This is the third in a series of blog posts providing tips and tricks for answering common data center questions with the use of SPM. Last month, I gave some guidance on answering, “How do I predict when I will run out of power?” On the other hand, you can gain additional power overhead by improving efficiency.
Question: How do I find candidates for efficiency improvements?
It is easy to say that you should improve efficiency, but how do you know what your efficiency is today and how do you know if that can be improved. The definition of efficiency for any power component or system is simply power out divided by power in (ε=Po/Pi). This leads one to desire measurement of power at each stage of the power distribution chain.
- In the data center, efficiency has to be thought of a little differently. One of the issues with the method for finding efficiency (ε) described above is that the front-end transformer or UPS may be supplying power to more than the IT equipment. In that case, the standard way to talk about efficiency is to use the Power Usage Effectiveness (PUE) which compares the output IT power draw to the total facility power (PUE = PTOTAL/PIT).
- When it comes to the overall power distribution system of a data center, the power out (Po) can be taken as the total power of the IT equipment in the cabinet (PIT) which requires devices such as Server Technology’s POPS CDUs. In SPM, set up reports and trends of Cabinet Device Power to analyze how much power is used by any particular piece of IT equipment and when it peaks.
- For the data center power distribution system, the power in (PTOTAL) can be taken as the total power input of the first device in the chain. This is generally the transformer or UPS. SPM has an optional feature called Custom Device Template (CDT) which allows the user to input SNMP MIB OIDs into the system to directly poll those upstream devices.
- With the data available from (a) and (b) above, one can calculate the PUE of the system. For advanced analysis, some organizations are taking this a step further by identifying how much of the IT power is actually being used for business applications vs how much is wasted while running idle. This is often referred to as Data Center energy Productivity (DCeP) and is beyond the scope of SPM.
- With a method of polling distribution equipment for power usage, the question then becomes one of where inefficiencies occur.
- Most simple distribution equipment will have very low power losses, but active components such as on-board monitoring and communication circuits, any transformation circuits, and bad connections will cause power output to be less than the power input. Suspicious distribution equipment with measurement circuits can often be monitored using SNMP and the SPM-CDT feature. Then comparisons can be made with expected efficiency values for that particular equipment.
- When it comes down to the IT equipment, the manufacturers often provide efficiency data and expected power draw based on the design specifications. The Server Technology POPS CDU coupled with continual monitoring using SPM can provide the data center efficiency or PUE calculation with critical values. By watching trends of power and power factor over time for particular equipment, one can identify potential issues arising within the IT power supplies.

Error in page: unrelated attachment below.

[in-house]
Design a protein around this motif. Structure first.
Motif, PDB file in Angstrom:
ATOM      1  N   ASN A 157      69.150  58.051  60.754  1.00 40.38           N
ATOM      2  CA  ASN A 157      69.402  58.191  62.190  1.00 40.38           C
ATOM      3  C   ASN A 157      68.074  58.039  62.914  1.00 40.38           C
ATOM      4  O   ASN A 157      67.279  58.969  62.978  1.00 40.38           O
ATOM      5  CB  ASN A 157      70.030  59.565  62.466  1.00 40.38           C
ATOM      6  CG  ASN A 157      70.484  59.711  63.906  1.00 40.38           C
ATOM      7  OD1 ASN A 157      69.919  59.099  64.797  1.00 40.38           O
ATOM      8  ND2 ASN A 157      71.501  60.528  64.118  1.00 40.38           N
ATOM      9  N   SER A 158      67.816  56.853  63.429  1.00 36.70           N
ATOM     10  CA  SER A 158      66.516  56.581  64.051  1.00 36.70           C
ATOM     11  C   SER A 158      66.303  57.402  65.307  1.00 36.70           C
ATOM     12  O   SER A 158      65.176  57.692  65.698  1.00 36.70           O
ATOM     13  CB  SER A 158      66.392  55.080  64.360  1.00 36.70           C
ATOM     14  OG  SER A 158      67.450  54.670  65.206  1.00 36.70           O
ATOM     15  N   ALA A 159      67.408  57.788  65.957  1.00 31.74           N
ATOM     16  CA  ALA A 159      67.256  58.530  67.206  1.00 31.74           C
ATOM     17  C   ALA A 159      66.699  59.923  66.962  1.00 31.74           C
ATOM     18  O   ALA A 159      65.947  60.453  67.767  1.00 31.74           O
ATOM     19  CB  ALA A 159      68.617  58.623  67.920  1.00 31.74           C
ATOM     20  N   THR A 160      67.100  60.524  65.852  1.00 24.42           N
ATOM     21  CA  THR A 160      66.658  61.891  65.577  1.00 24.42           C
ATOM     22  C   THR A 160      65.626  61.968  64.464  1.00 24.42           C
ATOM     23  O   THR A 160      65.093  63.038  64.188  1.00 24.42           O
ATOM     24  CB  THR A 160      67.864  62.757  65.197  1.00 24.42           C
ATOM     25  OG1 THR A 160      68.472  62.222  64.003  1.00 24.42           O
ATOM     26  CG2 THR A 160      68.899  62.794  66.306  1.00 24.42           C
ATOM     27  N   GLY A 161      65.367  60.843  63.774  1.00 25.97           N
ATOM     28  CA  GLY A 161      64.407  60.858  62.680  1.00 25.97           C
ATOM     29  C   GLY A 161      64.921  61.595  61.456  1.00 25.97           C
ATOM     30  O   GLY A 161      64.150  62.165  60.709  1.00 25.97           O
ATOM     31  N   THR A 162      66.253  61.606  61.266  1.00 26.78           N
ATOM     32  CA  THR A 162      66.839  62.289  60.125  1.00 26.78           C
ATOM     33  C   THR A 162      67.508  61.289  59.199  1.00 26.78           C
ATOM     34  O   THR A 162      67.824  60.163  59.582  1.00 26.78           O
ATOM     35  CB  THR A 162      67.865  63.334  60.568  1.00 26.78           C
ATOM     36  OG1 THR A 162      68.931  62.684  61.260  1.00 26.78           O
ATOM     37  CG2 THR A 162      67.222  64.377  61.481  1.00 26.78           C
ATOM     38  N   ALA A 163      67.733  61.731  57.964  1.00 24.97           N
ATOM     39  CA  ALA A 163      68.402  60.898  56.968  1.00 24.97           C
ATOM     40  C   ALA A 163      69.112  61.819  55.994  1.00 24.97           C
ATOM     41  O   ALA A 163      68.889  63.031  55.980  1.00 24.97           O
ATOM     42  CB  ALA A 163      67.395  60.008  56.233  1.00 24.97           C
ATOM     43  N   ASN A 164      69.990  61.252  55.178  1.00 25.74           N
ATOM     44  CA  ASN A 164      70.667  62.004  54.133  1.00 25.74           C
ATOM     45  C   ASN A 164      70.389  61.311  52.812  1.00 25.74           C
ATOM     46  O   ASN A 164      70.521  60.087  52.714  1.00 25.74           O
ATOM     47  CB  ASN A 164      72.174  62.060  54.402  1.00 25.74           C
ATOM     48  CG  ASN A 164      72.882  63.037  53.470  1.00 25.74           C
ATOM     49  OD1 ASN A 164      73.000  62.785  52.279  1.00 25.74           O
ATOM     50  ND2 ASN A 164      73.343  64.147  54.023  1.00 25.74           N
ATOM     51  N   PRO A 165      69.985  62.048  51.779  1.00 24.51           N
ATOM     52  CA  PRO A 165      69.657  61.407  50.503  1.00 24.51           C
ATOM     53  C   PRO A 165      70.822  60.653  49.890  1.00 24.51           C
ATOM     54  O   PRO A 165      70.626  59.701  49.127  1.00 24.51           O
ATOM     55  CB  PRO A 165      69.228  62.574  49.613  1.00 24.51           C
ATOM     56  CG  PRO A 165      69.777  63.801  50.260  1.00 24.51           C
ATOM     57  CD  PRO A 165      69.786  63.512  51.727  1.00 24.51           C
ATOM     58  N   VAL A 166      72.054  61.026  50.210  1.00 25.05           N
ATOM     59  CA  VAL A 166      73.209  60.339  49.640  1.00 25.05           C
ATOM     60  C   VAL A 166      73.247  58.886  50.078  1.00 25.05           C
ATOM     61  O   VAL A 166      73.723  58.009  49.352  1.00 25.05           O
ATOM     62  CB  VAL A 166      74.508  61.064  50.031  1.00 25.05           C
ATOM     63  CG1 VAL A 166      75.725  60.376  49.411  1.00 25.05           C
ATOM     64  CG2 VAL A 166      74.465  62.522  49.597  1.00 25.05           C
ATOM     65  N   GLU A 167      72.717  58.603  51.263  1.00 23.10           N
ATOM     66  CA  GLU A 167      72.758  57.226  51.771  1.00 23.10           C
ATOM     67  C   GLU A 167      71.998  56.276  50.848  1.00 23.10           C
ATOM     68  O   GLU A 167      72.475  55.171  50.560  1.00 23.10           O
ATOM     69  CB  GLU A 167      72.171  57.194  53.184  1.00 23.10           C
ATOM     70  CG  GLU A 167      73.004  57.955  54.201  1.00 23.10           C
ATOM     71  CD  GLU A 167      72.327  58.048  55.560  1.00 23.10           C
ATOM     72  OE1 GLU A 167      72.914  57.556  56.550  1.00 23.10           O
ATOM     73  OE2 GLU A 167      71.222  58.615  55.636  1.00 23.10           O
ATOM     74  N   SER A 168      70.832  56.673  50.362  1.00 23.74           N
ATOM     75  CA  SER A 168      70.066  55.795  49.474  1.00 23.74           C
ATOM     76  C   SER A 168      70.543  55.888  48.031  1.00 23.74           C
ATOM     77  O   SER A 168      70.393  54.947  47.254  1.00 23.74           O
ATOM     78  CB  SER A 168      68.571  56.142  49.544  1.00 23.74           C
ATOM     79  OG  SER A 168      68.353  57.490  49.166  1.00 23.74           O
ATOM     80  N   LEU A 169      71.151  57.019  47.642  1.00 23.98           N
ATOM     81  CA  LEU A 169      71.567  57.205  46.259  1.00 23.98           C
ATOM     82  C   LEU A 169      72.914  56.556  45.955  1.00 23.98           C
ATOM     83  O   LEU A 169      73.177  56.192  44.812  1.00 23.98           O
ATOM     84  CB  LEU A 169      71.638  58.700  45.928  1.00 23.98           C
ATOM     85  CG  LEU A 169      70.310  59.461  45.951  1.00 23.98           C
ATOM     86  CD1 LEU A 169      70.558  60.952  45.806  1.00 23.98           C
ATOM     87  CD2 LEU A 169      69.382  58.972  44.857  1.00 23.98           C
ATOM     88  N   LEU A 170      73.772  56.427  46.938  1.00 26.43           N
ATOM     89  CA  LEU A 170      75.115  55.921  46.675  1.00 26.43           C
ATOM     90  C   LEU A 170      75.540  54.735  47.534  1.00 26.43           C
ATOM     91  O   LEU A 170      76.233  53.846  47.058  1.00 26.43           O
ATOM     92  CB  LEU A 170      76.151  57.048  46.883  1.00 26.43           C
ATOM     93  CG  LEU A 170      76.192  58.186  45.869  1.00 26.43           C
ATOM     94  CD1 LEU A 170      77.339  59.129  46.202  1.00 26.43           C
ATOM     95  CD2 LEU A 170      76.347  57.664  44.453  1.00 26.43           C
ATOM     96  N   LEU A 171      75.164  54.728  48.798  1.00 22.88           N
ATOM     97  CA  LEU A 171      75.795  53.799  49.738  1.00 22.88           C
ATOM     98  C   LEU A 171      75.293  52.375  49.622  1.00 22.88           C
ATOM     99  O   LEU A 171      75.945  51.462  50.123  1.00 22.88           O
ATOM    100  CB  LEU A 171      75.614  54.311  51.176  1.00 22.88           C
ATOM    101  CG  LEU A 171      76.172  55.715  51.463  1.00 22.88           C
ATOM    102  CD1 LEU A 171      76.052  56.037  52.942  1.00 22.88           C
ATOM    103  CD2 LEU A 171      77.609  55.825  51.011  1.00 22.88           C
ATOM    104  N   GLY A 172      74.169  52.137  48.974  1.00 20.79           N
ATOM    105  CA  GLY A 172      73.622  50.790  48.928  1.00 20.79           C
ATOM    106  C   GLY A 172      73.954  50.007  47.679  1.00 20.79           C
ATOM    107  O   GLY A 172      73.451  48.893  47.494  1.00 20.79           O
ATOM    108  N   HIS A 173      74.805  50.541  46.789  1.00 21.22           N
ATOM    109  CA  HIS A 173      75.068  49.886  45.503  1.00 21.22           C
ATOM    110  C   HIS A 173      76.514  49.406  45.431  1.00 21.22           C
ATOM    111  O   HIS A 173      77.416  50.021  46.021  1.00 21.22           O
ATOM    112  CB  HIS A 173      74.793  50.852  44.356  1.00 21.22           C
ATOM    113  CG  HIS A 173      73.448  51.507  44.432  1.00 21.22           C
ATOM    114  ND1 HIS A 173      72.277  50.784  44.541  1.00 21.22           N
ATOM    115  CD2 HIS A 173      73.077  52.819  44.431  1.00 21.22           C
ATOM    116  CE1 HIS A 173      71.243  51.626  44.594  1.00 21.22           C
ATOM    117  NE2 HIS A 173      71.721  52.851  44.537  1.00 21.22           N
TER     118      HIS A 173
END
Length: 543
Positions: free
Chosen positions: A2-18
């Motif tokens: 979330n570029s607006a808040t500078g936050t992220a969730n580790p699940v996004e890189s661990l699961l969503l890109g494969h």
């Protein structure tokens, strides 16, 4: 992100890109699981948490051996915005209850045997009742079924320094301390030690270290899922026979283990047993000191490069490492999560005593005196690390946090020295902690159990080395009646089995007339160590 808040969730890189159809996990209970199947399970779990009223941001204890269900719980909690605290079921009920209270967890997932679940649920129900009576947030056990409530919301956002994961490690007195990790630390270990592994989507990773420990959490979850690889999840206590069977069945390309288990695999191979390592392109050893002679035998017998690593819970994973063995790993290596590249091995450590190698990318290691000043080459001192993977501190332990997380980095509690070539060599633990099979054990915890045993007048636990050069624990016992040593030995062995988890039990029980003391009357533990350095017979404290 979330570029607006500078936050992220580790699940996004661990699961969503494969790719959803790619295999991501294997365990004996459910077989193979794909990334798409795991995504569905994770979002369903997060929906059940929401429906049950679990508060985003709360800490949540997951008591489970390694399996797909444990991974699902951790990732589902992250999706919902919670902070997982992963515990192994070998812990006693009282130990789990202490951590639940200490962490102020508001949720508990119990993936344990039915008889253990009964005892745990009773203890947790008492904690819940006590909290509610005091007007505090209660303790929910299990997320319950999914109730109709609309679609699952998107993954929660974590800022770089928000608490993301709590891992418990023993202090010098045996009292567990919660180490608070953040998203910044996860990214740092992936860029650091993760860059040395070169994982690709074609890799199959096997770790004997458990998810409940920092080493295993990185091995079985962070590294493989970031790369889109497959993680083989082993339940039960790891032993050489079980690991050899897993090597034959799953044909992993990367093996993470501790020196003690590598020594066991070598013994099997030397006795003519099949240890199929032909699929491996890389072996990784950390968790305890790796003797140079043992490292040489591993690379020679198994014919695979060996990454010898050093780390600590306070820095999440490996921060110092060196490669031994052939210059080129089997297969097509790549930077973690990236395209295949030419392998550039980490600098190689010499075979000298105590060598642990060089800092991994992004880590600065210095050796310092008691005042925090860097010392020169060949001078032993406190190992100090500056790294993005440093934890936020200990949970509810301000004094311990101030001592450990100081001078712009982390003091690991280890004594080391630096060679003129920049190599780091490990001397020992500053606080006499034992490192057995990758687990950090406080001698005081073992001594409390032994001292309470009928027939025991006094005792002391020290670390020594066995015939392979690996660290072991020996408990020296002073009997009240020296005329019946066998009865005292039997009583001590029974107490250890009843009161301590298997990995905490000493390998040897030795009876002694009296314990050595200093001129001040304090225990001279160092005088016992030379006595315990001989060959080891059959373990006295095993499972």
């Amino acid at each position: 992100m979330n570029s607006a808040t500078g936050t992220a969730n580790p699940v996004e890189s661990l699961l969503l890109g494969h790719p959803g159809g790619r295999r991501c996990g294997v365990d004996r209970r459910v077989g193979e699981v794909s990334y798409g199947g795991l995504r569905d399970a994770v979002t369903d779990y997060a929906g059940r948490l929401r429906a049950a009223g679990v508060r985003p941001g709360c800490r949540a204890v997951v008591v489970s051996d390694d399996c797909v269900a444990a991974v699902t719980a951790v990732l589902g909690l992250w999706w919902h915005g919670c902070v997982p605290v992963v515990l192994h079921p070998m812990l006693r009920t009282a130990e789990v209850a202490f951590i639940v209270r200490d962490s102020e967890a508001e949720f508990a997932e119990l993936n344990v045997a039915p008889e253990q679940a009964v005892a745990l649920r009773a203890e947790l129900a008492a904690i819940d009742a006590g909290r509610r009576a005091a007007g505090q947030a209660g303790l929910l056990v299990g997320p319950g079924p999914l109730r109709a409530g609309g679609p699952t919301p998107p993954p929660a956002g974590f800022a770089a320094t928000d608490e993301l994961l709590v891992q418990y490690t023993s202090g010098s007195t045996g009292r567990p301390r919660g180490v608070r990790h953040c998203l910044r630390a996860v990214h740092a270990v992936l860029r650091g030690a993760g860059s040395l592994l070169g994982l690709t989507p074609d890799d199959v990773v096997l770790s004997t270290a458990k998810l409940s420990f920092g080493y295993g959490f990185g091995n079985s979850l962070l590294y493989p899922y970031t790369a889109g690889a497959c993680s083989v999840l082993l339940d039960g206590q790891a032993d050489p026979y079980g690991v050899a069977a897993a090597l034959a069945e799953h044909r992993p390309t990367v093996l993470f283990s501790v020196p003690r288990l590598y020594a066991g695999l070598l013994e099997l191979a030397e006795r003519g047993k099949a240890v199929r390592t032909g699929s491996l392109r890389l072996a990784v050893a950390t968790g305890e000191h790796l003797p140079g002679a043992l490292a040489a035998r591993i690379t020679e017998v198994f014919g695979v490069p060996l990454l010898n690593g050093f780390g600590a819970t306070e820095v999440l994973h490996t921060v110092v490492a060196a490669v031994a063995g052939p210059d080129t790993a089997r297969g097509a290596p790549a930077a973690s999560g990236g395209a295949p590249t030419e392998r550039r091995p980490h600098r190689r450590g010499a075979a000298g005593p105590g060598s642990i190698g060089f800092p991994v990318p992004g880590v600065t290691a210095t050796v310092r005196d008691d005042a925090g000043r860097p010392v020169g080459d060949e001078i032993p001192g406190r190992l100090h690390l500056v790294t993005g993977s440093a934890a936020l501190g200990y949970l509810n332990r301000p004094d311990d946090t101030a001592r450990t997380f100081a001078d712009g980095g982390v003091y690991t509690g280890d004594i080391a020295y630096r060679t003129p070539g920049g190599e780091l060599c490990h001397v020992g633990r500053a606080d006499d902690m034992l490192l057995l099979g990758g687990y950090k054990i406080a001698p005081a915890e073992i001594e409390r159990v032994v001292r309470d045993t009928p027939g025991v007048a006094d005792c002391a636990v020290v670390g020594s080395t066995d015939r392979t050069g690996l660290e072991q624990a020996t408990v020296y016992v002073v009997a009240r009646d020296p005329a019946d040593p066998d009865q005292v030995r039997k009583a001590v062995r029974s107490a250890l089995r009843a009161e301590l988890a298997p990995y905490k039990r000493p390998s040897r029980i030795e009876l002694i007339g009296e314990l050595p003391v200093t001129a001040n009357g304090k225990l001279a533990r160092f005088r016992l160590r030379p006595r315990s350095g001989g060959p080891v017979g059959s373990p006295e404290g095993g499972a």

- Overall data center efficiency, especially in the form of PUE or DCeP, depends heavily on usage of the particular equipment. Often, power supplies for servers, network gear, and storage will run more efficiently when loaded more heavily. And, more importantly, unused equipment wastes power in idle states. Here again the Server Technology POPS CDU and SPM can help provide critical data in terms of power trending and a report on low usage power supplies.
- Once measurement data is collected for various points in the data center, the question of what can be changed must be asked. Armed with these answers, an ROI can be built to determine which course of action to take.
- Much of the efficiency analysis hinges on the design and operation of specific pieces of equipment. Identification of low performing transformation or distribution devices often begs the question of upgrading or replacing those devices. A direct analysis of ROI can be done by comparing the cost of energy used by the old devices to the expected reduced cost of the new equipment in question. As seen in (1) and (2) above, SPM is built to provide the bulk of power and energy data.
- PUE and DCeP can be improved by using existing equipment at a higher rate. This is typically done through a consolidation and virtualization project which removes the lowest performing equipment and moves application load to higher performing equipment. Use SPM to measure the effects of any changes done and to prove out the concepts.
- On shared IT resources, especially virtualized servers, the timing of application usage is often the wild card in maximizing PUE and DCeP. Using the equipment 24/7 at 90%+ is a great goal where batch processing is done during non-working hours. This is typically not seen, but one might be able to schedule certain equipment to be powered off during non-peak hours, thus boosting the live equipment utilization toward the goal. SPM can help with this through scheduling of outlet control and trending of device power usage.
- Another data center efficiency, PUE, or DCeP improvement comes from increasing temperature. In other words, reducing the power used to cool the IT equipment reduces the overall cost of running the data center. SPM helps with this by monitoring the CDU attached probes and can compare this data with power usage data in a trend format.
Freeing up lost capacity by improving efficiency can be a great challenge in the data center. For more information on methods for maximum efficiency, read our White Papers on the subject.